Stockholm - Arlanda Airport - quiet, grey sky, preponderence of English, lingua franca? Small, small smoking area... man battles ashtray. Running man icon... evacuation? Exit. Vegetable masala dinner, quite nice for institutional. Spicy. Quite a lot of glass, Arlanda. New to me. Have you seen this before? Transit pass. Out, in, security efficient, slightly irritated at everything I remove from my pockets it seems, they don't hold it against me too long. Very yellow the gate attendants' parkas. Wearing optional. The frozen lakes were a sight to see. Is Sweden melting? Much green, yes. Abnormal? I've no idea. But I don't discount the science so I imagine... probably. 777. Good sized. Nowhere near capacity from Newark. Same to KL? One can only hope. Plenty of room for an economy seat. Was that Greenland? Iceland? Small and quickly passed. Luck to open the shade at that moment. Little electric scooter. Four wheels, green base. Is the right handle accelerator, left brake? The Stockholm (LVF) airport is really remarkable for this deep quiet. Is the wireless connection real? Not exactly... And another. Kuala Lumpur. Wireless everywhere. Free nowhere. Glass and steel. Tower with trees inside. Smoking lounge. Lingua franca in full effect. Malay too of course. Chinese as well. Mandarin or cantonese? I need to cross-reference she she. Keluar. The running man. Exit. Huis? I failed to get the Stockholm running man words. On my return perhaps. Gong Xi Fa Cai anyway. Also quietish. Not like the American airport boom in anyway. The pre-announcement chime rather serious though. Bangkok. Sweaty. Scamaminute. Who's da ho's, whoda johns, whadooIget widdat taxi? Where wud I go? Piss poor planning on my part. Here's the sound of fingers crossing... They had something like a ticket for me. Printed out something more closely resembling a grocery receipt. Got me past security anyway. Here I sit. Air conditioning excellent, albeit highly distributed... that is to say not central. Pipes all along the causeway from international to domestic. Chilly water? No sweat. Unlike the misters on the plane in Kuala Lumpur. AC pumping raw condensation. Humid there too. But not this warm. I think I am tropical now, yo! Kids running the gate desk. Pity I don't speak Thai. They suss me fairly well though. Can always expect a better grasp of english from others than I have of theirs. Ugly merkin. Anything about this strike you as absurd? Sit. Stand. Abandon chair. 20 minutes late. 30 minutes later. What next? Indecipherable seat number? Indubitably. Fix yourself, damned clock. What, have you no understanding of the time that daylight can save? Missed a picture in Stockholm. Again in KL. Flew next to a gent with a very nice Breitling though. Adjusted once in twenty years. Sounds about right. He's going to the CM area to. Excellent Thai. Sounds Brit. Bussing while I fly though. Visa painless. Slightly lost, wonder wander, still rather far up the line. Almost painless... forgetting flight number agent has to ask -749? Check boarding pass, of course not. Stamped and exit papers sorted barge through the sweat to grab a smoke before finding Thai Air. Which, in fact, turns out not to be correct. Glad I try Asia Air because they do have the reservation Steve made me. Pure luck? Plane hour late from Bangkok arrives half-hour late in Chiang Mai. Interesting thronging. New York style in BKK. Not called by seat numbers the human stampede gently pushes around me onto a bus to cross the tarmac to the stairs to the plane. Evidently the seat number on my boarding pass is optional. So I'll take a window towards the back, thank you. Might be my row anyway. Solartron jet. Must look them up. Red apparently leather seats. Steve and Navin are waiting. Mazda pickup sardines. Pull into the Mazda dealership, S needs a brake rebuilt. They'll get the part, come back tomorrow. Stop for groceries. Hit an ATM. Why am I allowed so few baht? Must ask Commerce. Freaking convenient if I may say so though. Cheap, these groceries. Thousands of baht not so much money. Grapes, papaya, meat, chips, toothpaste squeezer. Yeah, you heard me right. Wanna make something of it? And that's not all we got, o no, beer, onion, cashews... the list goes on but I digress. Back to squeeze into the truck I find my rollies get just the same attention here as the US. Slightly friendlier perhaps with a evidently greater disappointment when they prove to be tobacco. So not the same then, similar. Nothing is the same. Driving on the left. Passionate driving without aggression. Moto swarm. Architecture varied but definitely Asian overall. Funny thing about that? Patina of dirt, man, entropy, can't live without it. Steve and Navin have negotiated a stick shift solution. I could have sat twinky. Gorgeous house S has. Wonderful paintings of statues of Shakyamuni. Sleeping on a plush purple sofa. Outlets are all hybrid so no worries over juice. Now I just need to figure out how to get here. Dinner in town, green chicken curry over rice, fantastic. Pool at Night Plaza, absurd. Prowl NP, parallels to Chinatown have very little to do with ethnicity. Bartering for bartering's sake. Knock-off merchandise is not underground here, though. Have spare bag, will fill it. Home, sleep like the dead until animal symphony begins. 8 count bird leads off. Dipndipndip 3 - 4 dwiiipdip 7 - 8... rooster commences arhythmic accompaniment... dog can't keep the beat any better. More roosters and dogs try to help. Effective for dynamics but not so for rhythm. Beautiful music but I challenge you to dance to it. Unless you concentrate on 8 count bird. And he goes off sometimes, improvisation is life's privilege. Banana, coffee, cereal. Steve's headed to Myanmar to reup his visa. Navin takes him to the bus. I perform morning ablutions. Head into CM clutching the back of N's moto. First stop, SIM card. Yes, the Ericsson really is triband. Save N's number. 2d stop moto shop. I am now the proud rider of a 125cc Honda Jaguar manual shift scooterish bike. Manual shift means putt putt under shifting or launching like a rocket. I try to balance these usages. I fear the traffic though it's mostly kind to me. 3d stop the phone shop again, I realized I didna pay her for the 300 minutes she showed me how to activate. She calls me a nice guy. I may just have to go to the phone shop again. 4th stop Navin's ÒMa'sÓ place. I don't understand the relationship. He may explain better eventually. Not birth mother. Something about adoption but he's no longer of adoptable age. But I do know she's renting him his bike. And she's kind and has a mutant pekingese sort of critter. We avail ourselves of her facilities. No flushing tanks on the majority of CM toilets. Big bucket full of water and little bucket for scooping into the bowl. Works fine. 5th stop her sister's outdoor restaurant. Park the motos inside. Parking lot right front, kitchen left front, prep left rear, seating everywhere else. Fantastic noodles with chicken. Home made chili paste too. Yo with a capital Y. 5th stop N's girlfriend's salon. Not gf, sort of gf, once again maybe I'll understand eventually. Don't sweat it. Surreal scene though, two foreign guys hanging in a salon on an alley in old city CM. 6th stop airport mall. Steve has told Navin to take it easy on me speed-wise. The bike is capable of a lot more but we aren't the slowest thing on the road. Just almost. But I'm glad the pace keeps me from losing him when the inevitable traffic intervenes. Don't need a thing at the mall, just looking. Different world. I have to force myself to start carrying Cher's Sony, missing so many photo-ops. Motorcycle parking lot. Gate guards just giving and receiving passes. No money changes hands. Just so they know capacity? On the way out I'm all wrapped up in the clutch and the pass... the guard is kind enough to reach and extricate. This might be a moment moms don't wanna hear about. Skip a couple of sentences if you like. Back in downtown CM red truck/bus thing stops short right in front of me. I don't want a call this close again. Brakes locked, tires squealing, I'm fine if a lil shaken. Nobody gives me a 2d look. 7th stop shoes. I'm tired of my lace-ups in a culture where it's rude to wear shoes into a house. 8th stop, back to auntie's. Fried rice this time. The chili paste is running low, the mix changing as it sinks. Navin eats two. Notes he's full after one but that doesn't stop him. Owed him 20 baht from brunch so pay him back at late lunch. 8th stop, back to the salon. Even weirder as it is now full of clientele. N demonstrates asian chivalry by squeezing into the couch Ôtil a girl pops out. What can I say? I'm getting to see something from the inside. Is it representative? No idea. I think a crush is involved but I can't decipher the behavior. Nor the language, both literally when it's in Thai, and because I think circumlocution is goin on even when English is used. Some of it prolly not even conscious. Anyway. We're invited to a party. We head downtown for a drink while we await S's pickup time. The seediness is hard to describe. What is honesty, what is corruption, what is cultural breakdown, what is karma for gender inequity, who's fleecing whom? Is a bar-girl a hooker? In CM prolly. New paddy comes in. She had eyes on us, now on him. He'll play pool. What else? One mustn't assume. Everyone is motivation, habits, perceptions. What is real, what's an act? And to what end? The girl-boy is an end to hirself. Not getting attention from anyone but on standby for something. That must happen fairly regularly since s/he is welcome behind the bar. A friend of hir's comes by, same voice, similar figure, same adam's apple. They hang for a bit but what is the business? Cruising? Nothing going on here. Friend moves on. I am fascinated. By them, by the dirtiest strip-club looking place across the alley, by what people do. There are more than six Wat's in CM. I see over a dozen monks a day. Do we need this soil to fertilize our spirits? Once again, I may keep you posted if you like. It's time to pick up S from his post-bus meeting. Bar-girl says -hey, I wanna show you something; that one black, that one yellow. She's right you know. I get to use the accelerator a little more this time. Make it all the way to 4th gear. Zippy. Still no idea where I am or where I'm going. Forget street planning by cows, CM seems to predate even that much logic. Street planning by dinosaurs. Pteradactyls prolly, not bothered by such mundane concerns as connectivity on the ground. Somehow we get there even though I'm pretty sure that's impossible. I think I have an advantage on speed bumps. Either I'm the only one who knows how to post or my suspension's harder. Have to try not to get ahead. Here we are, moments early. Have a smoke, shoot le merde. The decision is negotiated that Steve will take the Yamaha home and Navin and I will take the Honda to the party. N is not quite as facile with a clutch and avoiding neutral, but he improves quickly. And I am not considering chancing anyone else on my driving. Yet? I dunno about that... This party is for a girl named B's birthday. Everyone needs to get presents. Night Plaza again. I don't know her, should I? Eh, I'm awkward either way, volunteer to chip in with anyone who needs. So I grab some Pall Mall's from a 7-eleven. Doesn't sound like the other side of the world to you? Well let me add a few details. The 7-eleven is squeezed in like every other shop. The smokes are under lock and key in an invisible drawer. The Pall Mall's have some sort of art painted on them. I haven't figured it out yet, but I think it has something to do with death and a parent and child and how it could all be avoided if you would just not smoke these goddamn cigarettes. The lighter I buy is shrink-wrapped. This whole vignette is occuring as a result of our earlier negotiations. Steve convinced me that going home to get a rolly wasn't worth missing the party. Navin was ambivalent but kindly cooperative. Showed me the 7-eleven. N now has a giant white stuffed dog. I recommended the frog but we cuddna afford it. Small fun when An (the oject de crush) convinces N to carry his own damned dog. Which means, of course, that I carry it. There's also some interesting helmet swapping going on here. Legally N has to wear it. The girls' aren't wearing. So he doesn't want to wear. Fine with me, I like my skull the way it is. Now N manages a sort of reverse piracy, pulling up alongside the girls and forcing them to take the dog. Is this the 11th stop, her apartment? Or the 12th? Do Night Bazaar and 7-eleven count as two? Three? Only parked once so... he calls it her condo. I try to determine if anyone owns it. Evidently not. Suss that. The laundry machines are out in the front porch. There is no security to speak of. Try that in NY. I'm so wrapped up in admiring the architecture and the apparent lack of elevator in a ten story building that I don't notice the kittens for several minutes. It seems that CM is full of semi-feral/semi-tame animals of both feline and canine persuasions. Is all of Thailand? All of Asia? I'll let you know as soon as I do. Two of these kittens look fine. Mom's gotta be around somewhere. One does not. Will never see a vet I fear. I hope our arrival hasn't scared off mom. Probably not, likely hunting, as I say they're semi-tame. Would like attention. I hesitate to be too affectionate, don't know when my next hand washing will be and they look... erm... semi-feral. Light pats and earblows all around. Hope they'll be OK. The girls come back down. I can't communicate any concern over Ma meow. Or my concern is incomprehensible. Sawrat. There're more cats. Their relationship with people is less dependent, more of a truly voluntary association. Every lining has its cloud. On the road again. Next to last stop, the party. Twenty and thirtysomethings I think. Of course I'm too illiterate to even ask. But they're nice enough to this big ignoramus. Ply me with excellent food and a whiskey that is not as strong as its reputation. One of the older guys makes a very noble effort at English. We discuss a little buddhism, a little money, a little fighting. He's a fledgling promoter. Invites us to a fight the next night. The girls don't understand why I like chili paste. No one understands why I'm not drunk. Navin is repeatedly creaming his head on the overhang under which we sit. And he's not drinking. I can't open the freakin clams. Not really a case of coordination or strength I think, I just can't get my fingers in there. The toilet is CM standard issue. Bucket and pan. A good time is had by all and I have to appreciate that my inability to communicate is not for a lack of trying for once. I offer to drive myself home but realistically since I have no idea where that is no one's buying. N drops me off and heads back out. Up early again. Steve warned me that would happen for some time. I'm not so sure it has as much to do with time zone change as it has to do with 8 beat bird. Wash the grapes, eat all the ones that fall from the stem. Prep the coffee. Steve arises. I intercept his effort to put water in the coffee maker. Coffee happiness commences. He keeps his bread frozen. Another habit I may emulate. I like my PBJs toasted anyway. We joke about the freshly finished PB and whether it's worth crying over. I work with Cher on getting the Brooklyn Ônet link to let me in from here. Navin gets up. He got in around five this morning. Today's plan is hitting the CM computer stores. If we make it just the Mairs boys hopefully N will get a nap. Shave, shower et al. Work with Cher some more while Steve does the same. What ensues is a whirlwind of hot software and overpriced hardware. Three story mall, all tech. Steve wants a mini-laptop. I'm considering a still camera since I'm not getting any pictures for you with the video. We find nothing. Maybe a little software but I'm not admitting anything. For some reason there's a tailor on the third floor. I talk raw silk shirts. Her prices are outrageous and she's not negotiating. The SEV needs a little work, shorten the sleeves and tighten the lining where I've stretched it carrying my U3. But she isn't the jacket person, I must come back. I might. Will the jacket job give me leverage on the shirts? Maybe. We move on. When we parked we were restricted in how far we could get out of traffic by a piece of pink line across the sidewalk. The line is gone now and our bikes are buried in a pile of compatriots. Off to lunch, the same place we ate my first night here. So good, so cheap. Thai omelette this time. S laughs that this is my third breakfast of the day. Sort of an egg pancake wrapped around the other ingredients rather than scrambled around. And rockin lemon shakes. Crushed ice contraption, nothing to do with milk. And wonderfully tart. On to further computer malls. It's a surreal phenomenon. The competition is ridiculous. Same and similar items stall after stall. Free enterprise has already pushed their prices so low there's no haggle room. I can't find a camera lower than the one at the first mall. Sorry folks. Turns out the Sony won't talk to this PB over USB so yer gonna hafta wait for pics Ôtil I buy one. Nothing new in this one. We stay parked and walk to the next one over. Steve gets a webcam. Still nothing I need. Might buy a CD wallet for 32 baht (80 cents). But it's not urgent and I imagine I'll be back before I go. Thought that one was surreal? Well the next one is beyond belief. Tech is a side effect. Over priced Panasonic camera. Steering wheel covers. Replacement rice cooker control panels. High torque electric motors. Giant feet car floor carpets. I'm not even going to try to complete the inventory, but here's a little more: lightweight fixture-free ceiling fans. Teeny tiny hanging fans, no cage. I have to joke when Steve says -hang it over the crib, -that'll teach baby to sit up! Phone components... we buy a DSL line conditioner. Later we find it doesn't help with the link instability here but we tried. I get an Ericsson compatible headset. Just Ôcuz I'm in Thailand and need triband doesn't mean I have to irradiate my head. Hope it works better than the one I bought and disposed of in NY. S wants to relax before his Thai lesson. We head home. Navin cooks while Steve learns and I write. I'm getting microscopic amounts of Thai by osmosis but I'm not trying all that hard since I think I also need Sanskrit, Japanese, Khmer, Laotian, more Cantonese and Mandarin, and who knows what else. So until I can say hello, thank you and sorry in all of the above I'm not going to try to conjugate a verb. When that's even possible. Lesson over. I've learned -see you later, and -good luck. N has made a pork and vegetable soup. The primary vegetable does not exist in the west, has no name N knows other than drola't (Khmer). It's very good. And very healthy, says N. We all settle into geeking, taking turns to power cycle the router when the link fails. Finally I hack the web interface and find how to reboot it remotely. Not much more convenient. N has given up and is just using his computer to play a selection of asian pop. S will need a little training on the web interface so I take over rebooting duties until either the pork or drola't attacks and I pass out. Wake briefly when S turns in but not enough to complete the effort of disrobing. Rise to my grapes. Must finish them before I leave CM for wherever it is I go next. Set up the coffee. Write. Steve gets up, I start the coffee. We discuss my plans to ride up Doi Suthep, see the Golden Pagoda and Winter Palace. Well, I can't actually see the winter palace since I'm neither thai royalty nor military, but might admire the gates. S convinced Navin to go with me last night, so he gets up early. I still haven't finished my muesli, coffee nor shower so he's ready well before me. We grab food and water then head out. We're almost to the highway when I realize if I feel a light chill now I may be downright cold on a mountain, so we turn around so I can pick up the SEV. Pack everything under my seat and we're really off this time. I'm not afraid of traffic anymore. Almost everybody really is looking out for everybody else and if one wants to go slow or fast, well that's just fine. Just be attentive because lanes are not even suggestions, especially to motos. Doi Suthep is easy to find. I don't regret turning down S's map. We're glad we brought both motos. People who are sharing are not moving at a great clip. Navin lets me stop a couple of times to wander and get some footage. Don't you wish you could see it? I'm reluctant to shoot holy things, don't really know the protocol. But I get some views. We pass Winter Palace and a waterfall. N says -we can stop on the way back, I say -ok. We pass a sort of plaza, we explore a little but don't really get the attraction. Pressing on we arrive at Golden Pagoda almost immediately. I shoot alot. The stairs aren't that holy, and the dragons they say -shoot us! So I do. We also buy some candles, incense and flowers for the Buddhas. I fail to count the steps. I'll excuse myself by asking, where do they really begin? The road? The first landing? The truth may be closer to: Matt had too much fun with the dragons, but my body counted them. And how. Over a quarter of a mile anyway. Navin actually asked for a pause, and I'm the smoker. But I'm also the New Yorker currently and I must walk nearly a quarter of a mile of subway steps a day. I get more pics, but the higher we get the less I want to be standing there with a camera. We get to the temple, remove our shoes and head in. I really don't know what to make of this state religion. King as deity. Other Buddhas smaller or to the side. I must read more about it, it has something to do with the kindness of the people; separation of church and state is probably really only critical when the religion encourages murder and intolerance. But it also has something to do with the seediness and corruption; spirit is subservient to the state. Worth educating myself about, I might be able to live with the latter to get the former. This travelogue will not dwell on the absolute horror I feel at unthinking followers of Abraham, Jesus or Mohammed but I know you've all heard me hold forth before. And let me stress UNTHINKING because I know there is beauty in Judaism, Christianity and even Islam. But this is very much on my mind and heart. Some spiritual traditions need a _lot_ of weeding to be fruitful. So seeing a living king as buddha gives me pause. I give my smoke, fire and flowers to Shakyamuni on the side and we walk to the bells. They're getting a fine ringing so I feel no call. Navin doesn't seem to either. He does want pictures of himself at the wall overlooking the mountainside though. I'm happy to oblige. We seperate a little bit as he moves ahead and I take in the monks teaching children, the Hindu temple, and the bookstore. I'll read. And send/give postcards on my return. The bells on this side are quiet, so I set a few singing. Navin is sitting right around the corner as I come back to the front so we retrieve our shoes and head down. A few more pics. Early lunch at a restaurant on the first landing. Decent enough soba, but a bit salty. Maybe because I order veg? I'll have to ask N. No, he concurs and he had chicken. We get back to the motos and head for the peak. He gets a bit ahead so I'm left wondering at a fork in the road. The police are kind enough to direct me. We can't quite get to the peak, there's another palace or military outpost up there. So we park at a plaza across the way and wander a bit. We ask if there's anyway to the top and receive pointed direction. N's Thai is much better than mine, but he's not a native speaker either. So we follow the point and I get the distinct impression we're going down, not up. N heads off to the left. I tell him I'll try the right and we'll meet up the way. I lose him, so I retrace my steps, then what I imagine his were, then he finds me. We head back to the motos. I was getting just a wee bit concerned about petrol as my gauge went under half, but I'm happy now that we're on the downhill. Motos downhill is fun. Maybe a little more for Navin since I lent him the Honda and the Yamaha's an automatic, but it's still a blast. No power required to go as fast as you can stand. Neither of us is crazy, but we get to the bottom pretty quickly. Then I remember the waterfall. I could have sworn it was on the right on the ascent but we didn't see it on the left as we came down. There was one on the right however, so I convince Navin to retrace to it. We walk to a plaza there together and I sit on a rock while he gets some chicken. Onward and upward... I hear the falls but don't see it yet. I explore the lowest pool while he heads to the left. I've found the waterfall and I chase him down to tell him I want to climb it and I'll meet him back down here. This turns out to be much more of an adventure than I'd thought. The first falls are easy enough, switching between shoes and barefoot as the water and rock require, but that's not the end. An older Japanese man is disheartened as we approach the top and I suggest he try another path. He does and thanks me. Then a gang of younger folks need to get down past me. I hang onto a tree and swing out of their way. Crossing this falls is slightly nerve-wracking for a man who was a boy afraid of heights, but it's a solid enough concrete and rock path over the water. If one ignores the absence of rails, the large hose running down the middle of it and the puddles. This is one picture I very much look forward to sharing. That conquered I am at the second pool. No one is here. The Japanese man is moving much faster than I or took a different path. I rest a bit, get pics of CM and the lower pool. Up again, rock, grass, small trees, the third pool is much easier to get near. Getting to it is impossible given the way I've gone up. Too dangerous for my taste anyway. Keep moving, I can see the longest falls of this area now. Getting past it will be a rather more brutal pipe adventure. Stop for a smoke. Consider. Why not? Surrounded by people I'm not in any real danger for my life. Grievous injury remotely possible, but not at all likely. Using the pipe for balance I walk the edge of a cliff. Ten steps and I'm fine. Into the woods. Some crouching required, intermittent views of beautiful cascades. I've lost track of pools and falls, the system is complex. Try to get as much footage as possible. Nothing worthy of the least adrenalin the rest of the way up. The top is crowded too. There's a nice ramada with a great view I enjoy. Leaving I notice the wooden tiger by the fireplace. He has a bowl of rice and some twigs so I want to give him something. All I have is the toothpick from lunch, but he has a fireplace so... I head to the cliff and wait my turn for a quick sit. Unbelievable view. To noisy to meditate, but worth the effort. There's another tiger but I have nothing to offer other than publicity. I promise to share the pic when I can. I'm now tired enough from the Pagoda and this hike that I don't think it's a good idea to try it in reverse. I've always found hiking downhill more dangerous than up so I'll just take the road. Not many worries, good shoulder most of the way when the traffic can't avoid me, and the going is blessedly flat. Slow downhill of course, I'm going towards the base, but it's a cooldown after all that. Pass Winter Palace. I jump in a little culvert occasionally that has moved in on the shoulder when traffic threatens. From there I see what seems to be a path. It isn't really, but passable with a little creativity and flexibility. I'm cutting off a huge switchback of the road so I persist. Then I'm on top of a tiny temple in the woods. Spend a little time there and it's back to the culvert. Pass Wat Doi Suthep and wonder if I need to go to Bangkok to find an amenable monastery. I've begun preliminary arrangements so perhaps I should, but I so love mountains! I have to at least call and ask. I shoot their dragons, hope they don't mind. Stop back at the motos to retrieve my water. I'm retracing my steps to where we said we'd meet when I run into Navin. Don't mind he saved me steps at this point. Back to the motos and there's a down and out gentleman sitting by them. I need to clean my shoes, socks and feet from the detritus of the climb so I sit with him. He has questions and I try to give meaningful answers. He doesn't smell like alcohol so I'm afraid it's opium, but he's not that bad, just incredibly apologetic. I try to explain he has nothing to apologize to me for. I want to say something about taking care of himself, but he is here; he must be thinking about it. I'm slow getting my moto situated, and N continues conversing. He's so quick between Thai and English I don't understand any of it, but its tone is friendly. We head down and into CM. Stop for petrol. All petrol is full-serve in Thailand as far as I can tell. Is it excessive to say thanks? N doesn't. We have to, they have to, it's not really a voluntary transaction. I say thanks anyway and we roll. I almost know the way now. By the time I leave I expect I will.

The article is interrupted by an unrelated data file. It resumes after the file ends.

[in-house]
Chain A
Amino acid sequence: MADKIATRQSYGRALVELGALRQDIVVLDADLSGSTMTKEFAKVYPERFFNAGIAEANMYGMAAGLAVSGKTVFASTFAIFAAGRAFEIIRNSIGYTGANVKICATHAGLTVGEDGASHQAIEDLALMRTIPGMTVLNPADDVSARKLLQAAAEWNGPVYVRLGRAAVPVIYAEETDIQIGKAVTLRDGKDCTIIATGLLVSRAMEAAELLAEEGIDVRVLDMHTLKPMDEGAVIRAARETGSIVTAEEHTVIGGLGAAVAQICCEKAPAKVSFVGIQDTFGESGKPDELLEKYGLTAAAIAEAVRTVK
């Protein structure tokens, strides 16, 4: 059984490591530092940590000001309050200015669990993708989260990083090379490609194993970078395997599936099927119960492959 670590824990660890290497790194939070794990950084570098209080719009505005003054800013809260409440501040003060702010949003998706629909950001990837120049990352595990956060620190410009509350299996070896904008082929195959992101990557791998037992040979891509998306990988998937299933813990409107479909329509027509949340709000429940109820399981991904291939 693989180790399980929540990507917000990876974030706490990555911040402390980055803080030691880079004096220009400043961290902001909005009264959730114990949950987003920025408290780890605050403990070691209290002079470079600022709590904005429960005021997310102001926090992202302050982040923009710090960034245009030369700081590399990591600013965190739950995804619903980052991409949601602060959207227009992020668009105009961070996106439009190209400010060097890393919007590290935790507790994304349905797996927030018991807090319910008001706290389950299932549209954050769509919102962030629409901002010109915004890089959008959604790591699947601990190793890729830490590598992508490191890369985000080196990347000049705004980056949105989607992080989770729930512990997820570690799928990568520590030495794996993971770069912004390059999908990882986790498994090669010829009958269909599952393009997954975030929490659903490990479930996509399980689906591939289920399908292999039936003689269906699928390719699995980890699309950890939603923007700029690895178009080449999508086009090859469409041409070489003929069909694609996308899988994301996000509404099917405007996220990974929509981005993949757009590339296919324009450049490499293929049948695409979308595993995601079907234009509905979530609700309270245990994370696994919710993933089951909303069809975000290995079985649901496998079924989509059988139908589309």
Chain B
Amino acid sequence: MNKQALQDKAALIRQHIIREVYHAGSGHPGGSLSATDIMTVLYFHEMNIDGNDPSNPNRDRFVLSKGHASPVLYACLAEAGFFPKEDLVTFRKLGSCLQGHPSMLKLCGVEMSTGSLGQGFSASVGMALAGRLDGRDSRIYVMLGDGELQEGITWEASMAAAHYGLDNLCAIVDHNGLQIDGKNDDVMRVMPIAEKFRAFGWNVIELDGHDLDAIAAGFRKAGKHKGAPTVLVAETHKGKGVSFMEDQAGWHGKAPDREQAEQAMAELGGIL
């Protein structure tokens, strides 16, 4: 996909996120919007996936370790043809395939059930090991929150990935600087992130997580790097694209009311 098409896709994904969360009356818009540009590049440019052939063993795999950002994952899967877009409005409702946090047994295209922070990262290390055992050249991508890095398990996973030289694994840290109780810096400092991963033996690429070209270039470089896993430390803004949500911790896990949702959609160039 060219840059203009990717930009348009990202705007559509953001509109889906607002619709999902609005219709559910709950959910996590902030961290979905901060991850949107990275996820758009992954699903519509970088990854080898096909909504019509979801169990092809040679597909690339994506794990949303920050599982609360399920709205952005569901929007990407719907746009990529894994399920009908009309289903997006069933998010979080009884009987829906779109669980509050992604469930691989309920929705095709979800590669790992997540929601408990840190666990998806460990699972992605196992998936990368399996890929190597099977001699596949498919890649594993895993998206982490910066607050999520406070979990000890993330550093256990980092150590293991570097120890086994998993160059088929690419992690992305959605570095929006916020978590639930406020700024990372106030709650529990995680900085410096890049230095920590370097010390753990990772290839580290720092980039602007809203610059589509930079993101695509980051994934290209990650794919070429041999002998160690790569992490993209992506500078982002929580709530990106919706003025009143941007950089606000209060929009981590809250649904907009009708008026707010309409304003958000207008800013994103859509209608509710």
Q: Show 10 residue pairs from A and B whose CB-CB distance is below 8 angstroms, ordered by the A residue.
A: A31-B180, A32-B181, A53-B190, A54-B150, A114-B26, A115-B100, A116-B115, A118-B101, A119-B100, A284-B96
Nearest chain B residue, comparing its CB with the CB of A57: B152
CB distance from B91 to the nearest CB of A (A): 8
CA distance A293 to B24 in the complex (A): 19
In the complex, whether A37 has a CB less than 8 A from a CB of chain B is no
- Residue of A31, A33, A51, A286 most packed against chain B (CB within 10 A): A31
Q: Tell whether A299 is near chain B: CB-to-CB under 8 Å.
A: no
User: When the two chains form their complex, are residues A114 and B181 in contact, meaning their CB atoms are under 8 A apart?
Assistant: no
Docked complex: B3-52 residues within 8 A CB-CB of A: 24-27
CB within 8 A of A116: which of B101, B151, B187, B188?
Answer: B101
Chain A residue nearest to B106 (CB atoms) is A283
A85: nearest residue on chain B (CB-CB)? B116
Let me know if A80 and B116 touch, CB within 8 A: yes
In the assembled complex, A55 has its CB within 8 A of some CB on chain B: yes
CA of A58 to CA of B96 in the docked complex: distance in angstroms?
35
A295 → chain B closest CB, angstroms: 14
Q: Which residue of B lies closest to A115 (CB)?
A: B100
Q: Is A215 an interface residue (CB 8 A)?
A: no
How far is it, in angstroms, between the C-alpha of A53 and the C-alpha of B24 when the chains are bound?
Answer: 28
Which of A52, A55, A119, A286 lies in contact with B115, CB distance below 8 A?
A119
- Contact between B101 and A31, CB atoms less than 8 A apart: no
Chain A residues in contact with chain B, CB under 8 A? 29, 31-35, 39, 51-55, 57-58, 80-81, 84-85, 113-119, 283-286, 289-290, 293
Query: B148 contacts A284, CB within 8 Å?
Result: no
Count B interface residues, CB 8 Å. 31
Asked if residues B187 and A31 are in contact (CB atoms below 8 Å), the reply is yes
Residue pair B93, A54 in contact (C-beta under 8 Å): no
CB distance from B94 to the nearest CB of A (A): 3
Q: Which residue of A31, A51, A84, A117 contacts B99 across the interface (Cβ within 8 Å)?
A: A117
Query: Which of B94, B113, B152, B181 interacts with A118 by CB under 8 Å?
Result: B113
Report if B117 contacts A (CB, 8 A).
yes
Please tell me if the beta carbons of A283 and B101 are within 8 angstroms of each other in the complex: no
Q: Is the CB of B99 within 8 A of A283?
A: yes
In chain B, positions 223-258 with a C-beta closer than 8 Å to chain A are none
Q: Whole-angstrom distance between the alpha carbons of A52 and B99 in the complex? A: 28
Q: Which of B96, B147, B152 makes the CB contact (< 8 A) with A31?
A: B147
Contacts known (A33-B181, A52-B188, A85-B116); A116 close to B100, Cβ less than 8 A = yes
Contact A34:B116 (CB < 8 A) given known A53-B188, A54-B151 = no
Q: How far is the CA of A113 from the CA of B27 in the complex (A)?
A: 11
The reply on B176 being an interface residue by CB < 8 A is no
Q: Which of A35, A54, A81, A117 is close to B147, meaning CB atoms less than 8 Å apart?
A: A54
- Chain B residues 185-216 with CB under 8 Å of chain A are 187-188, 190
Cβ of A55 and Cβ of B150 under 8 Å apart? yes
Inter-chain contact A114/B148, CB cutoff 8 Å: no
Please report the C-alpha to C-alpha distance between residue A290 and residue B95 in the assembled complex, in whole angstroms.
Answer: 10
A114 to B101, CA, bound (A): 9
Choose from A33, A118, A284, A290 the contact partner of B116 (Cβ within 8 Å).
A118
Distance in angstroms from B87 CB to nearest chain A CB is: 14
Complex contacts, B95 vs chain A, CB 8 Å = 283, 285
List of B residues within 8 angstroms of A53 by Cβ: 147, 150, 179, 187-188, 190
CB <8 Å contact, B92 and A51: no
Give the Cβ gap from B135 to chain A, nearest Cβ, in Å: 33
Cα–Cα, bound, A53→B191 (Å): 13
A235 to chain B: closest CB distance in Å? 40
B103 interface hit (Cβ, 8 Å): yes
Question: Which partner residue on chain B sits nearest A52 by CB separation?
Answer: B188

Part The second.